Three-quarters of employees report a lack of leadership and management skills, and believe that too many managers have an inflated opinion of their management abilities, according to research released today.
The Chartered Institute of Personnel and Development's (CIPD) latest Employee Outlook survey suggested that there is a "reality gap" between how good managers think they are in their roles and how effective they actually are.
The research found that three-quarters (72%) of employees reported a lack of leadership and management skills in their organisations.
In addition, while eight managers in 10 said that they think their staff are satisfied or very satisfied with them as a manager, only 58% of employees agreed.
The CIPD said that this "reality gap" is important because of the link between employees' satisfaction with their manager and their willingness to "go the extra mile" for their employer.
The research also highlighted contrasts between how managers said they manage their people and the views of their employees. Six managers in 10 said that they meet each person they manage at least twice a month to talk about their workload, meeting objectives and other work-related issues. However, just 24% of employees say they meet their managers with such frequency.
Meanwhile, more than 90% of managers said that they sometimes or always coach the people that they manage, but only 40% of employees agreed. And, while 75% of managers said they always or sometimes discuss employees' development and career progression during one-to-one meetings, only 38% of employees said this was the case.
The CIPD has said that even a small increase in capability among UK managers could make a significant contribution to productivity and growth.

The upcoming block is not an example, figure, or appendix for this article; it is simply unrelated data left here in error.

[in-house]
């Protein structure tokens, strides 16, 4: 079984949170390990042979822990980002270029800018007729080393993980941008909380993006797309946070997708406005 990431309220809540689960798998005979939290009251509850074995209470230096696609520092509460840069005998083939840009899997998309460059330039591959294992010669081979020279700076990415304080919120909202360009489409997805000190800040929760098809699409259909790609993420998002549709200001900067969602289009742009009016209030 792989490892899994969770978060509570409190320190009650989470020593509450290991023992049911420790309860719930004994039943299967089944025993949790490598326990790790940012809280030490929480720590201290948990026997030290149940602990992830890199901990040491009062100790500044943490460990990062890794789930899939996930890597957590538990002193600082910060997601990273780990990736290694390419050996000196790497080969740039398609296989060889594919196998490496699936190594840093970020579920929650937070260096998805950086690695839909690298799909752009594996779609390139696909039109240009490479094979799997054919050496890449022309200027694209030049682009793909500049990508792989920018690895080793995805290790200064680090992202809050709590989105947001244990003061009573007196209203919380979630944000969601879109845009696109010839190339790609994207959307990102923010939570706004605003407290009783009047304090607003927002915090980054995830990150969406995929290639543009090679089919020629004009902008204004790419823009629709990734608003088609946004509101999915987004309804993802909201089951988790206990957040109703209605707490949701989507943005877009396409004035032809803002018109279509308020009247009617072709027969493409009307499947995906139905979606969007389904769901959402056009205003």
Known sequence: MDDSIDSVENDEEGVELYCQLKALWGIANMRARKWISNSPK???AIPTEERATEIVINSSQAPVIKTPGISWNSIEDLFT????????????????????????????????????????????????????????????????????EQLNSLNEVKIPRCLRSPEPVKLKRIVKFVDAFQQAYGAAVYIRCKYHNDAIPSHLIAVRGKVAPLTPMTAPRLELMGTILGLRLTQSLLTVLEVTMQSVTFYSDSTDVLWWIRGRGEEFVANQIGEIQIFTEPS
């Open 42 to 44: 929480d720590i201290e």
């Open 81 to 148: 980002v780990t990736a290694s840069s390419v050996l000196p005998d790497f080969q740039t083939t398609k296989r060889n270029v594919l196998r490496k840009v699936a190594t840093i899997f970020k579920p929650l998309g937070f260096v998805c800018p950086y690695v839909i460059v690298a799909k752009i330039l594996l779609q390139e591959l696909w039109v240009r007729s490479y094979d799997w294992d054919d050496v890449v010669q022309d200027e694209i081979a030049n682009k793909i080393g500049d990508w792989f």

Ben Willmott, head of public policy at the CIPD, said: "Leadership and management capability continues to be an Achilles heel for UK plc, despite mounting evidence that these are 'skills for growth' essentials. Our research shows almost three people in 10 (28%) - equating to about eight million people across the UK workforce - have direct management responsibility for one or more people in the workplace, and yet only just over half of employees are satisfied with their manager.
"Too many employees are promoted into people management roles because they have good technical skills, then receive inadequate training and have little idea of how their behaviour impacts on others.
"Too many managers fall into a vicious circle of poor management; they don't spend enough time providing high-quality feedback to the people they manage, or coaching and developing them or tapping into their ideas and creativity, which means they then have to spend more time dealing with stressed staff, absence or conflict and the associated disciplinary and grievance issues.
"Employers need to get better at identifying and addressing management skills deficits through low-cost and no-cost interventions such as coaching by other managers, mentoring, online learning, the use of management champions, peer-to-peer networks, toolkits, and self-assessment questionnaires.
"Government also needs to play a bigger role in building demand among employers for investment in the leadership and management skills that are central to its efforts to support economic growth and transform public services."
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